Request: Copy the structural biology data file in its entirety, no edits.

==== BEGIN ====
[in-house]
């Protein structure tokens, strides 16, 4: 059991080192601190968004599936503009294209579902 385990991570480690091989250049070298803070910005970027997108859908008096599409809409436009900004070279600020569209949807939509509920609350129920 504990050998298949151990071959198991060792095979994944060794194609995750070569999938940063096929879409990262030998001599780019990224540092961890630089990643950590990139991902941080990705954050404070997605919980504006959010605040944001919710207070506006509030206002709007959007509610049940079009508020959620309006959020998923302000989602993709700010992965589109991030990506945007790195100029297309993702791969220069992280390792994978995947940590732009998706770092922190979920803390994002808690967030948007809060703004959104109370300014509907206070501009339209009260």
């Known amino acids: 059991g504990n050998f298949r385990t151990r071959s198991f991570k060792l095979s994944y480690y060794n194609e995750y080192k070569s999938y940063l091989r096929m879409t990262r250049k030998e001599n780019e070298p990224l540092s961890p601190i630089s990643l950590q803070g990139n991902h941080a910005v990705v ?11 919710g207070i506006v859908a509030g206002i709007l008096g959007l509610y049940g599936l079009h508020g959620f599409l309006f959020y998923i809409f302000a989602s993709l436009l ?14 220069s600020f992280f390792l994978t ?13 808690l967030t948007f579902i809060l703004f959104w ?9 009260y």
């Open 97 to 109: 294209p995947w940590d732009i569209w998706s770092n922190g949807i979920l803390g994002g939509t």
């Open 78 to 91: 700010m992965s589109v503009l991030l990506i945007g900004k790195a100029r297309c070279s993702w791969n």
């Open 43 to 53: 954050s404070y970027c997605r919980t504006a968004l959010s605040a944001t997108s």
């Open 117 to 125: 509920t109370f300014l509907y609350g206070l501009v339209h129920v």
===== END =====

[in-house]
């Protein structure tokens, strides 16, 4: 059991080192601190968004599936503009294209579902 385990991570480690091989250049070298803070910005970027997108859908008096599409809409436009900004070279600020569209949807939509509920609350129920 504990050998298949151990071959198991060792095979994944060794194609995750070569999938940063096929879409990262030998001599780019990224540092961890630089990643950590990139991902941080990705954050404070997605919980504006959010605040944001919710207070506006509030206002709007959007509610049940079009508020959620309006959020998923302000989602993709700010992965589109991030990506945007790195100029297309993702791969220069992280390792994978995947940590732009998706770092922190979920803390994002808690967030948007809060703004959104109370300014509907206070501009339209009260």
């Known amino acids: 059991g504990n050998f298949r385990t151990r071959s198991f991570k060792l095979s994944y480690y060794n194609e995750y080192k070569s999938y940063l091989r096929m879409t990262r250049k030998e001599n780019e070298p990224l540092s961890p601190i630089s990643l950590q803070g990139n991902h941080a910005v990705v ?11 919710g207070i506006v859908a509030g206002i709007l008096g959007l509610y049940g599936l079009h508020g959620f599409l309006f959020y998923i809409f302000a989602s993709l436009l ?14 220069s600020f992280f390792l994978t ?13 808690l967030t948007f579902i809060l703004f959104w ?9 009260y």
């Open 97 to 109: 294209p995947w940590d732009i569209w998706s770092n922190g949807i979920l803390g994002g939509t």
């Open 78 to 91: 700010m992965s589109v503009l991030l990506i945007g900004k790195a100029r297309c070279s993702w791969n």
């Open 43 to 53: 954050s404070y970027c997605r919980t504006a968004l959010s605040a944001t997108s």
């Open 117 to 125: 509920t109370f300014l509907y609350g206070l501009v339209h129920v």